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Facebook did not get much attention last October when it officially launched "mobile app install ads," in part because the company unveiled about a dozen new ad products in 2012 and, from the users' point of view, many of them kinda looked the same.
Also, mobile app install ads appeared to be mainly for mobile game and app developers — and apps and games for Facebook are old news.
But several of Facebook's big advertising clients who have used the ads in Q4 indicated that the ads can be used to develop e-commerce on Facebook, turning the social network into a mobile shopping and sales device.
The ad units simply allow users to download the clients' app from Google Play or the App Store.
Lucy Jacobs, COO of Spruce Media, tells us "the performance is right in the strike zone to be ROI positive." E-commerce app downloads are much more valuable to advertisers than mere impressions because someone with an app is likely to use it repeatedly over time. Each app install therefore delivers a "lifetime" of revenue -- meaning an average period of monetized use until the user abandons it -- rather than a one-off sale.
Fab.com CEO Jason Goldberg, whose company tested the ad unit with Fab's shopping app, says it was "Five times more effective than any other mobile download channel that we've used." Fab is one of Facebook's biggest advertisers.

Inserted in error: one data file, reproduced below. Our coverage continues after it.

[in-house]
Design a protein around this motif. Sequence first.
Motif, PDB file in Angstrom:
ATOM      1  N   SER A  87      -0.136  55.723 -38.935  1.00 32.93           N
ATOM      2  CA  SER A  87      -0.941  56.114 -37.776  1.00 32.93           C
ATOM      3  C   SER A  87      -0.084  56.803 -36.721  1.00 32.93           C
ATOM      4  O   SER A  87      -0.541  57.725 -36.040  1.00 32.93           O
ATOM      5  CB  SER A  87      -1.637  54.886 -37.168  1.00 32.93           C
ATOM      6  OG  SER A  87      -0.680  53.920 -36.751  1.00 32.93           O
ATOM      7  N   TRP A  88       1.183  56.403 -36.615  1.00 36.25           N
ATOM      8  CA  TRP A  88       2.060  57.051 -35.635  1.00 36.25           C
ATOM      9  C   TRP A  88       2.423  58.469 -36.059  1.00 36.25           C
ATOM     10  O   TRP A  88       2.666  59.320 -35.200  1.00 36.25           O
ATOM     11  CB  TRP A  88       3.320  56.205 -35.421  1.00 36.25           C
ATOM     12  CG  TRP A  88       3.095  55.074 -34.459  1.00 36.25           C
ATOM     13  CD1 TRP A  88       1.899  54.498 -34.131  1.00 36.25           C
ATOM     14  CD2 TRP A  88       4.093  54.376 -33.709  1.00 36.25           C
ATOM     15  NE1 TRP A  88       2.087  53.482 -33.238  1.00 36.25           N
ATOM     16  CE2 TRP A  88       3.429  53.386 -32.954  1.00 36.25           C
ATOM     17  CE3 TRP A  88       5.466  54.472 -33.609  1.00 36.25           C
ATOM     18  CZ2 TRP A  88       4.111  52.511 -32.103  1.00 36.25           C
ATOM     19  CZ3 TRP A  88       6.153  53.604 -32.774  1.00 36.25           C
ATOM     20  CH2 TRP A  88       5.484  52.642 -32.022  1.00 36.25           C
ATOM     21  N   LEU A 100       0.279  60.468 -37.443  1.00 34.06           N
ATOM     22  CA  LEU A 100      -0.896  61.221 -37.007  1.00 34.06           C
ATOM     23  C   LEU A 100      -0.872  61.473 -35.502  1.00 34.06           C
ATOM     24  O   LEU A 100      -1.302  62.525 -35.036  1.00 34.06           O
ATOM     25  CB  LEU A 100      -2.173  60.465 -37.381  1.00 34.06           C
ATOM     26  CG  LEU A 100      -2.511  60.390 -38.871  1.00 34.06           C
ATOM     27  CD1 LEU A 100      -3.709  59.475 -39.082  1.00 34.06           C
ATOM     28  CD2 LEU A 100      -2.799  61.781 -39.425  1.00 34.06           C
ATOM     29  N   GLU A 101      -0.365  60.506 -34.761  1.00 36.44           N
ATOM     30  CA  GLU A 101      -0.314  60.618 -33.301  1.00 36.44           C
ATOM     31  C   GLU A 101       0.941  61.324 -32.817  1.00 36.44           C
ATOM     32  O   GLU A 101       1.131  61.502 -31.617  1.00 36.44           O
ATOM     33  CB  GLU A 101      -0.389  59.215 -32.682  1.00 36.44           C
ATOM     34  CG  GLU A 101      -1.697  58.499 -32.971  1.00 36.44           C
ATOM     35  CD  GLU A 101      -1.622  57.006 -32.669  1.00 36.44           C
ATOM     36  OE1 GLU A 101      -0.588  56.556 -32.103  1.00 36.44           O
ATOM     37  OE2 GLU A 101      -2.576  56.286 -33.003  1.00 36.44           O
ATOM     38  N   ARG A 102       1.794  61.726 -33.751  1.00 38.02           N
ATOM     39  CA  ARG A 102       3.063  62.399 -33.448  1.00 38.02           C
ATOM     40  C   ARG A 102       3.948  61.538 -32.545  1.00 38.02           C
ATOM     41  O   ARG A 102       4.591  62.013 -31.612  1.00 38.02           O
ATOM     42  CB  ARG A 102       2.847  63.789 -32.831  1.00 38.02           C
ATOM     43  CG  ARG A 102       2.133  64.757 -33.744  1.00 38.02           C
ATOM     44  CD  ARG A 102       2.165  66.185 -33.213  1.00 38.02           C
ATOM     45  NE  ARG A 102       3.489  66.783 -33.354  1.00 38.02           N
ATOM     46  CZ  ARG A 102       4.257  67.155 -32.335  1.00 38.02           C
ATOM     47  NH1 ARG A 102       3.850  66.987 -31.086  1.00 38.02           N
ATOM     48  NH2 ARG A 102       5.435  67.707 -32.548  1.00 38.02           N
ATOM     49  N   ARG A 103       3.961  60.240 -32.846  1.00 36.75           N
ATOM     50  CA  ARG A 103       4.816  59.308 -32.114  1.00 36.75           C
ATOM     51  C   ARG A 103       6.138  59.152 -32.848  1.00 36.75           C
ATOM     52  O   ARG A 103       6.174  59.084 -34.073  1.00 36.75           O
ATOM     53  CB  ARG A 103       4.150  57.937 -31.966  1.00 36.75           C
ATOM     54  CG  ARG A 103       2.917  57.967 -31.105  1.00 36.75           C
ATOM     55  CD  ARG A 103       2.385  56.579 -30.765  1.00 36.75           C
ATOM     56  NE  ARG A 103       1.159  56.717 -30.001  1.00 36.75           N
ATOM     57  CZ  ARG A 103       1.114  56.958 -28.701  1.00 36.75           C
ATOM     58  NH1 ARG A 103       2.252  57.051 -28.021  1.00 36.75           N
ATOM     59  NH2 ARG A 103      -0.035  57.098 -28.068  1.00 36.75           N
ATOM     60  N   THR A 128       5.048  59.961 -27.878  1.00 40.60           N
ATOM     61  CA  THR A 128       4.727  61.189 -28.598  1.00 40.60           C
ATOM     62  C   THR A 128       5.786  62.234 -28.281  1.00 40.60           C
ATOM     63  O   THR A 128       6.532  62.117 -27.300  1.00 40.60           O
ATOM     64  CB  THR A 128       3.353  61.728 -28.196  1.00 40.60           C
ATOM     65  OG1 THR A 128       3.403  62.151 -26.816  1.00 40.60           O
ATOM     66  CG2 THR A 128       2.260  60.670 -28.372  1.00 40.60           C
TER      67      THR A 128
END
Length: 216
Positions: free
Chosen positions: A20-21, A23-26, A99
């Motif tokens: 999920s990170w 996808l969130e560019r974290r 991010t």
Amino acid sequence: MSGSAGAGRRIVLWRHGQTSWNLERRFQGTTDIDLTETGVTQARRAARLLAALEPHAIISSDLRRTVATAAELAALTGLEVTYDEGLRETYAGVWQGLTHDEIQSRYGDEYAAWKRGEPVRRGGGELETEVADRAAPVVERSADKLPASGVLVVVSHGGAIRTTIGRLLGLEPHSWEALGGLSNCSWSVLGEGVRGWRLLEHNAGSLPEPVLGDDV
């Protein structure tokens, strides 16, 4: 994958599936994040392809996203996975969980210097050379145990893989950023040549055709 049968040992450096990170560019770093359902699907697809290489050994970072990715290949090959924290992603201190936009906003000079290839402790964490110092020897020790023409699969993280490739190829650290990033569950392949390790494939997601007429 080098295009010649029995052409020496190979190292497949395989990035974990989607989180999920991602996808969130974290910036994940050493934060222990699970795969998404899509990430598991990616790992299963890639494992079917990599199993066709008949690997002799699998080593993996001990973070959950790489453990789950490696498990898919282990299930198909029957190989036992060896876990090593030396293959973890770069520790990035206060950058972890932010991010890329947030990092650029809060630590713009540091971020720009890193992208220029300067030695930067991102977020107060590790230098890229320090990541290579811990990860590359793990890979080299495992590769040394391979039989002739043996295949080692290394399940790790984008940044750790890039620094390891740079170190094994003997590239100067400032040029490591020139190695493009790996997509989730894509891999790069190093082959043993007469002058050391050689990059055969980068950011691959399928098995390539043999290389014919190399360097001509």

Nanigans, a company that licenses adtech software for Facebook clients, also tested the app for an unnamed e-commerce company. Mobile app install ads moved that client into the top 5 downloaded apps on Facebook within 10 days of the campaign starting, the company said. The campaign cost $325,000 and delivered 32.5 million ad impressions.
And Hotel Tonight, an app that drives last-minute hotel bookings, saw a 10 times higher click-to-install rate from the ads over regular Facebook ads. (That campaign was coupled with a Facebook Offer, another of Facebook's e-commerce plays.) “I feel like a kid in a candy store with all these choices. It performs better from a click-to-install perspective than anything except incentivized ads. From an efficiency standpoint, it’s on par with everybody else out there today,” Hotel Tonight's director of mobile marketing Adam Grenier has said (quoted in a Facebook case study).
The fact that Hotel Tonight used the ad unit along with a Facebook Offer is instructive — Facebook has launched a number of e-commerce plays (including Offers, Gifts and Deals) and not seen much traction with users.
Perhaps mobile app install ads are where Facebook's e-commerce sweet spot might be found — not actually doing transactions but driving traffic to those who do.
Disclosure: The author owns Facebook stock.
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